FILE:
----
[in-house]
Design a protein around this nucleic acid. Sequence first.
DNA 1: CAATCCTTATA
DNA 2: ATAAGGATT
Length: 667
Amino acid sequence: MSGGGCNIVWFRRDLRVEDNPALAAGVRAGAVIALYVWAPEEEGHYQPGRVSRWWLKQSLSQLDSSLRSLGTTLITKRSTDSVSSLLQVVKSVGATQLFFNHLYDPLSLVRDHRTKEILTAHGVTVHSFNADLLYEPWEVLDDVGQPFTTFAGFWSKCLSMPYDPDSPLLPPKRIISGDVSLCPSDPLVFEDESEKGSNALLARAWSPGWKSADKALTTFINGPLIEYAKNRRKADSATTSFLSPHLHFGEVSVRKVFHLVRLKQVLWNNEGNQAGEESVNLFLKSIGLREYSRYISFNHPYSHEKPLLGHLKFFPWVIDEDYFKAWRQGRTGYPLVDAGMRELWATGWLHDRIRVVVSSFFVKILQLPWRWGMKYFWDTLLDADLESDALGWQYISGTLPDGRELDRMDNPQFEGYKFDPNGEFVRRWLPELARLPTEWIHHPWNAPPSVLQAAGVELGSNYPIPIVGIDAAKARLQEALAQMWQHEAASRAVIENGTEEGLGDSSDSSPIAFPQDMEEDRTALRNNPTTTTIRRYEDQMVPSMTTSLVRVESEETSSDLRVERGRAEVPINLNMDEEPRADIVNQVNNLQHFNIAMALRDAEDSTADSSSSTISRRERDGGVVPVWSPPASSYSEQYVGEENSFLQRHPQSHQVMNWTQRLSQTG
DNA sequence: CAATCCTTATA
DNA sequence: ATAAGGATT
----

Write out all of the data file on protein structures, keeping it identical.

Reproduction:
[in-house]
Design a protein around this nucleic acid. Sequence first.
DNA 1: CAATCCTTATA
DNA 2: ATAAGGATT
Length: 667
Amino acid sequence: MSGGGCNIVWFRRDLRVEDNPALAAGVRAGAVIALYVWAPEEEGHYQPGRVSRWWLKQSLSQLDSSLRSLGTTLITKRSTDSVSSLLQVVKSVGATQLFFNHLYDPLSLVRDHRTKEILTAHGVTVHSFNADLLYEPWEVLDDVGQPFTTFAGFWSKCLSMPYDPDSPLLPPKRIISGDVSLCPSDPLVFEDESEKGSNALLARAWSPGWKSADKALTTFINGPLIEYAKNRRKADSATTSFLSPHLHFGEVSVRKVFHLVRLKQVLWNNEGNQAGEESVNLFLKSIGLREYSRYISFNHPYSHEKPLLGHLKFFPWVIDEDYFKAWRQGRTGYPLVDAGMRELWATGWLHDRIRVVVSSFFVKILQLPWRWGMKYFWDTLLDADLESDALGWQYISGTLPDGRELDRMDNPQFEGYKFDPNGEFVRRWLPELARLPTEWIHHPWNAPPSVLQAAGVELGSNYPIPIVGIDAAKARLQEALAQMWQHEAASRAVIENGTEEGLGDSSDSSPIAFPQDMEEDRTALRNNPTTTTIRRYEDQMVPSMTTSLVRVESEETSSDLRVERGRAEVPINLNMDEEPRADIVNQVNNLQHFNIAMALRDAEDSTADSSSSTISRRERDGGVVPVWSPPASSYSEQYVGEENSFLQRHPQSHQVMNWTQRLSQTG
DNA sequence: CAATCCTTATA
DNA sequence: ATAAGGATT